With Earth Day right around the corner it is important for us to recognize the lengths that packaging producers continue to go to ensure that we are taking care of the planet.
We know that our continued reliance on the world’s natural resources must be supplanted with a respect and effort toward long term sustainability and building awareness for recycling. There are also benefits in using sustainable materials across the board, including cost reduction, improved functionality, and positive end-user experience.
Earth day is on this Saturday April 22 and here are some stats that you should know going into the weekend:
- $1 is the amount that it costs for the Canopy Project to plant a tree in their efforts to combat deforestation
- 38 States have installed wind turbines to use as a source of power
- 95% energy is saved by recycling an aluminum can as opposed to manufacturing a new one
- 175 countries are currently celebrating Earth day
- 1970 was the first year that Earth day was celebrated
- 150 Million pounds of carbon dioxide emissions a year would be saved if 5% of New York commuters biked to work
To keep the Earth day conversations alive in the packaging community, here are 8 companies that have incorporated sustainability in their packaging efforts.
After introducing bamboo packaging for some of its smaller devices in 2008, Dell announced in 2010 that it would start shipping other products in packaging made from a fungus material, combined with commercial agricultural waste. Both packaging designs are renewable and biodegradable, and they also help the company cut energy use. Dell has taken things even further by announcing plans to source 100 percent of packaging from sustainable materials that will be recyclable or compostable by 2020.
Amazon has committed to tackling an issue that their users have with frustrations in opening packages, as well as contributing to reducing the global footprint. Last year, the online retail giant announced that its Frustration-Free Packaging initiative, a five-year effort to liberate products from hermetically sealed clamshell cases and plastic-coated steel-wire ties, now offers more than 200,000 items. To date, Amazon has shipped over 75 million of these items to 175 countries, the company said.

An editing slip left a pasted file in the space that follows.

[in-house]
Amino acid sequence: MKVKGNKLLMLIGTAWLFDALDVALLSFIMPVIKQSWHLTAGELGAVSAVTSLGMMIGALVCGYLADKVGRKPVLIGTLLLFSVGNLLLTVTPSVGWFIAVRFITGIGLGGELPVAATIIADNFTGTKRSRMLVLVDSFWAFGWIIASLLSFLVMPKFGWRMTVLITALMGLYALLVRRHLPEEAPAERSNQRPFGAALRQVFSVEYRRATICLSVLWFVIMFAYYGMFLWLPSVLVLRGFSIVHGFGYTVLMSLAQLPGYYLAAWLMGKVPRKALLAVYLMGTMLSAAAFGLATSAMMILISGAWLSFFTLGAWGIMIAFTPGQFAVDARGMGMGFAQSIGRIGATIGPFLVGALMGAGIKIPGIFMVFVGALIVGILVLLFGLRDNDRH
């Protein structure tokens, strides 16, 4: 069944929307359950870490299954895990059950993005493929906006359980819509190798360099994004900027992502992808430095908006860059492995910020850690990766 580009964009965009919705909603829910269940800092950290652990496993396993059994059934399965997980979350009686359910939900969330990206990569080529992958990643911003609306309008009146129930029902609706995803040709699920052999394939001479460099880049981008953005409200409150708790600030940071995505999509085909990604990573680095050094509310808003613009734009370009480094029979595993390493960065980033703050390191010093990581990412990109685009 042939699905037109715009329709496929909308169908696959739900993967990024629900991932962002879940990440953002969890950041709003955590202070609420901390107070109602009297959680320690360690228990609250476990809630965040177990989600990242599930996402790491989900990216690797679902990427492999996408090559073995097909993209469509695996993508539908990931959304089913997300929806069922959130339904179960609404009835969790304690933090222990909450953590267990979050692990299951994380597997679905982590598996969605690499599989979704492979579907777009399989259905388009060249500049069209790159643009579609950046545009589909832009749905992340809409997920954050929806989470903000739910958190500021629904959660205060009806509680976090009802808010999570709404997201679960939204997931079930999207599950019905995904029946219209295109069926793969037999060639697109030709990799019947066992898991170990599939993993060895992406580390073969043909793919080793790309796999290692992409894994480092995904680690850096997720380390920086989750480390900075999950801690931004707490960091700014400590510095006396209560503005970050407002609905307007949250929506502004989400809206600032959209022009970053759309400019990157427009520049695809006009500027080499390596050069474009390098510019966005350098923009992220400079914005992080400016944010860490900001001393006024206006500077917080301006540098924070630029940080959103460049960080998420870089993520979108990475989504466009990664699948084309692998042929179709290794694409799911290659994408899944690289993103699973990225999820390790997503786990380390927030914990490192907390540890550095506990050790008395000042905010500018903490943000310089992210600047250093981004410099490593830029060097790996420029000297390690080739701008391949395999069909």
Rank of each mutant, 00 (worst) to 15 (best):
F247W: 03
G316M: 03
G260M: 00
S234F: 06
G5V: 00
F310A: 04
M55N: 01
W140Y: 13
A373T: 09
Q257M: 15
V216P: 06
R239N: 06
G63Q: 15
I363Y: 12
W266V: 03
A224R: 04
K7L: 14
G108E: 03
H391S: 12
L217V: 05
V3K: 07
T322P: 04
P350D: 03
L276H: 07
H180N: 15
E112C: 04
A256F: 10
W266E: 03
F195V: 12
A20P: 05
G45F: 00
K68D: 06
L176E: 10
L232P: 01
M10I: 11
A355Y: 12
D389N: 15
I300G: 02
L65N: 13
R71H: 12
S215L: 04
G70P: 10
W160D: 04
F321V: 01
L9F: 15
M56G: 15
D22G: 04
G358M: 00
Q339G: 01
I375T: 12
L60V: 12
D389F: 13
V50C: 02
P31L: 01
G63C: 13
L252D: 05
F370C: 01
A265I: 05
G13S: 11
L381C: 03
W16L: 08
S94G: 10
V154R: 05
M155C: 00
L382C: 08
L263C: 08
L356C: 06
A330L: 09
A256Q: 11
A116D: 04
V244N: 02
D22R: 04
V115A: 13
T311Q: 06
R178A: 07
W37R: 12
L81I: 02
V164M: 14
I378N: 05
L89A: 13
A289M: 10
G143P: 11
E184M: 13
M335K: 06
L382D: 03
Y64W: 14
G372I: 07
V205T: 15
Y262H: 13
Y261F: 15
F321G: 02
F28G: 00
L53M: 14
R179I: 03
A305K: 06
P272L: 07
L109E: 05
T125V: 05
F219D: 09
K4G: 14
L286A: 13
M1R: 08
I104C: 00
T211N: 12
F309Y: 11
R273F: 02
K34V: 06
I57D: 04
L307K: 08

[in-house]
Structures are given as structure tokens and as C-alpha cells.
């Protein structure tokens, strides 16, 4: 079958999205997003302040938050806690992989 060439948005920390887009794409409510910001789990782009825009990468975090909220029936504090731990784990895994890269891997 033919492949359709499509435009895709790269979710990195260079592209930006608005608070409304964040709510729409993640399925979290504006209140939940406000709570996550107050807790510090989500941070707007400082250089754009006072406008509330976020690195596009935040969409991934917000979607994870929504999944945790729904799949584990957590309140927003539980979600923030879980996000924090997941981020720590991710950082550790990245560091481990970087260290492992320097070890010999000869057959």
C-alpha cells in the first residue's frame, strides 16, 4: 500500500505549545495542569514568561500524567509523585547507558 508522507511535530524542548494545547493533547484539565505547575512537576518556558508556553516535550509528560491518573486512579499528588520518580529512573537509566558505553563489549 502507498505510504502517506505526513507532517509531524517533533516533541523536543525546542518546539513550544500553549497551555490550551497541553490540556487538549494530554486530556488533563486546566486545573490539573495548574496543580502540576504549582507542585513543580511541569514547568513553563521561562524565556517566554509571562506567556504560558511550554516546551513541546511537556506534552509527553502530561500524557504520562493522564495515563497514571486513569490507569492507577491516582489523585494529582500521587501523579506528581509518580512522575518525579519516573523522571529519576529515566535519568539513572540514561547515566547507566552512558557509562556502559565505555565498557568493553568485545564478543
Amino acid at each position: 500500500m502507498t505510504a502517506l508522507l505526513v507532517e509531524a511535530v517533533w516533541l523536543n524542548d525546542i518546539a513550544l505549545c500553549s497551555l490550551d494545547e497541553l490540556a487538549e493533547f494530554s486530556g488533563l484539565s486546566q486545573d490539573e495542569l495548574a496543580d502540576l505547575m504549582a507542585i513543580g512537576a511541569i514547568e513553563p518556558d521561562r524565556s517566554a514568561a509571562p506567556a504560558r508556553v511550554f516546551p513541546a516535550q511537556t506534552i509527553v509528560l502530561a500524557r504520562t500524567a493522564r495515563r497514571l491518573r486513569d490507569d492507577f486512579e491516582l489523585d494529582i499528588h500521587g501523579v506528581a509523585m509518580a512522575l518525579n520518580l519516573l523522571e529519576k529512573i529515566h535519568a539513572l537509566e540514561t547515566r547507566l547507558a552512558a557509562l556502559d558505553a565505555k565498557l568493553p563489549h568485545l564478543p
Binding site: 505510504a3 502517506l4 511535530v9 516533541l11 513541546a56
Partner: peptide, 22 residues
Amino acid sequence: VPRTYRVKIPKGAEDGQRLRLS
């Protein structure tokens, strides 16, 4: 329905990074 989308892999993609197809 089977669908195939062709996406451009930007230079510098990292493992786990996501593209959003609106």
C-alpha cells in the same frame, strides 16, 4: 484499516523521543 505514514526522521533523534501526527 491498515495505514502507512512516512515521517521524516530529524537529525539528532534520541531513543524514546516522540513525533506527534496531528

Toms of Maine
Tom’s of Maine is tinkering with potato starch for some its polylactic acid (PLA) packaging. Potatoes are a huge part of Maine’s farming sector, and the company has a long-term opportunity to divert food waste or crops that are below food-grade from landfills and churn them into bio-plastic resin. Tom’s pinpointed its mouthwash bottles and deodorant canisters as good candidates for the use of potato-based PLA initially.
Gap, Inc. uses sustainable packaging in all areas, including its gift cards. Gap gift cards are produced by Envi Portfolio, which manufactures cards made from fiber and post-consumer waste, rather than from plastics. The cards are made by a process that uses 100% green energy, also rendering them totally carbon neutral.
In addition to Kohl’s use of sustainable packaging in its stores for boxes and gift-wrapping, the company has undertaken an initiative to use only vendors that are highly receptive to sustainable packaging. When large companies require their suppliers to go sustainable, vendors have a huge incentive to “go green” as well.
Burt’s Bees, always a leader in responsible manufacturing, has spent years finding the right company to make the plastic tubing for its lip balm, insisting the company use only recycled plastic materials. As always, Burt’s Bees aims to use minimal packaging and to use only materials that are both highly recyclable and highly recycled.